Thursday, May 26, 2005

Playoff vs. Payoff, Part Deux.

OK, so on Monday we took a look at some peak playoff performers the last few years, and how they did the following season. Today, we’re gonna pick three guys who outperformed, well, the regular-season versions of themselves, and see if we should expect this sort of performance next year.

First, let’s look at Manu Ginobili, who has turned a lot of heads with his unique style of play. He’s putting up great all around numbers – 21.8/5.4/4.1 with .8 steals and 1.9 3’s, and has established himself as the clear number 2 option on offense after Tim Duncan. But while his scoring is up about 5 points from his regular season averages, his other numbers have seen just a slight bump up. The biggest jump has been in his ability to get to the line, which makes sense as you watch him twist and spin into the lane. He’s getting to the line nearly 10 times a game – only Wade, Bryant and Iverson made it to the line that much in the regular season from the guard position.

Will he keep it up next year? We say no. In the playoffs, when it’s all on the line, you go to your best players. In the case of the Spurs, that means that you turn to Duncan, Manu and Tony Parker to carry the team. In the regular season, the trio combined for about 40 shots a game – just over half of the team’s shots. Now in the postseason, Gregg Popovich has turned to his Big Three to take on an even bigger share of the scoring. They’re averaging nearly 47 shots a game – over 60% of the Spurs’ attempts. Look for their numbers to return to normal next year. Manu might improve slightly on his scoring averages in ‘05-’06, but don’t expect a 20-point scorer. He will very likely be drafted way before he should be.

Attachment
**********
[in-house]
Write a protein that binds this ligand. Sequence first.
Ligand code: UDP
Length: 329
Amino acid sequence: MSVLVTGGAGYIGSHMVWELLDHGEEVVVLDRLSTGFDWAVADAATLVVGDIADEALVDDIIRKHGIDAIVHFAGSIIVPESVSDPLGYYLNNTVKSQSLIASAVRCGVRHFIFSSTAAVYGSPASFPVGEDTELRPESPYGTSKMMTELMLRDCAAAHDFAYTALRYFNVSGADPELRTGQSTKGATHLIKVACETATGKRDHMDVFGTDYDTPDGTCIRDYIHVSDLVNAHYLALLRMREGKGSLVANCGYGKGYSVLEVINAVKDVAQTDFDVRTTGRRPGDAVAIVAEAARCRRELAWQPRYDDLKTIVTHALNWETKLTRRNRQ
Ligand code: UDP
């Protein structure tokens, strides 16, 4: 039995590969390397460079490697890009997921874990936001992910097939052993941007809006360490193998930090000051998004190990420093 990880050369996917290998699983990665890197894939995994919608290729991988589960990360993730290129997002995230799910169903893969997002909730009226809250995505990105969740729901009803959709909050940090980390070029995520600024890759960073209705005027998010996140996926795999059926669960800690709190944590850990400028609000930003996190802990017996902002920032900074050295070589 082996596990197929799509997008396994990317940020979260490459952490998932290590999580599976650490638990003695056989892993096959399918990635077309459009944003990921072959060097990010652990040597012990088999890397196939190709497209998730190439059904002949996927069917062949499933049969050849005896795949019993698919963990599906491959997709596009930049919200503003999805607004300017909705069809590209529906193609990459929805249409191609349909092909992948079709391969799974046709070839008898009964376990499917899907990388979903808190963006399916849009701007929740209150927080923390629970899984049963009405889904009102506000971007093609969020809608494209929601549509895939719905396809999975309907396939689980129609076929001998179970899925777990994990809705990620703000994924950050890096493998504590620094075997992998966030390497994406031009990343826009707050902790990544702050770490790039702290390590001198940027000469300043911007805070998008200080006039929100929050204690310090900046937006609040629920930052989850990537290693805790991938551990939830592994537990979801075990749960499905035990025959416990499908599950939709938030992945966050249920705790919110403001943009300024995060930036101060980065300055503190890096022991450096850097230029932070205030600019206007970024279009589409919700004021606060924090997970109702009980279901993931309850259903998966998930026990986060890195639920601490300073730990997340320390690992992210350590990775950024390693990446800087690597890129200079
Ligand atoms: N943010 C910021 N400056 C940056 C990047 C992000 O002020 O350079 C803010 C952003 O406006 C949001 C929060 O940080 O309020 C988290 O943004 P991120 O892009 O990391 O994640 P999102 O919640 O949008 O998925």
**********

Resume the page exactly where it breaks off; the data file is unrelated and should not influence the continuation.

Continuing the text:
Next, let’s check in on Jerome James, who played way over his head for at least a few games in the playoffs. Now, I would like to think that anyone who reads fantasy basketblog in the middle of freaking May would know that you shouldn’t expect James to average anything close to the 12.5/6.8 with 1.8 blocks that he managed in the playoffs when he returns next year. But is he going to be worth a late-round flyer? Possibly. He did manage to block almost 1.5 shots a game this year in just 15 minutes of action. Maybe his nice play in round 1 of the playoffs will lead to more playing time and turn him into an Adonal Foyle type – where he blocks a good amount of shots but just murders you everywhere else. If that’s your thing, go for it.

Finally, what’s in store for Samuel Dalembert? He was one of the most frustrating fantasy players this year. He has knack for having huge rebounding games (he grabbed 15+ rebounds 7 times this year), is one of the best shot-blockers in the league (3 or more blocks 22 times), and shoots over 50% from the field. On the other hand, his coach didn’t like him, and he was always in foul trouble (5 or 6 fouls in 16 games). But in the playoffs, he finally put together a string of nice games. Against Detroit’s vaunted front line, he put up 11.6/13.8 with 1.4 blocks over the course of 5 games. One major reason for this was he got 38 minutes a game, much more than he got in the regular season, but maybe he also is coming into his own.

Now with Mo Cheeks coming in to Philly, Sammy is poised for a huge year next year, wherever he is. He’s a restricted free agent, so the Sixers can match any offer – and you can bet that if they pay big to keep him around, they’re gonna want to see him on the court. Look for Dalembert to be a consistent double-double threat next year with great block numbers. But be aware: you're gonna have to take him early - much earlier than you should for a guy who has yet to prove himself over the course of a full season.

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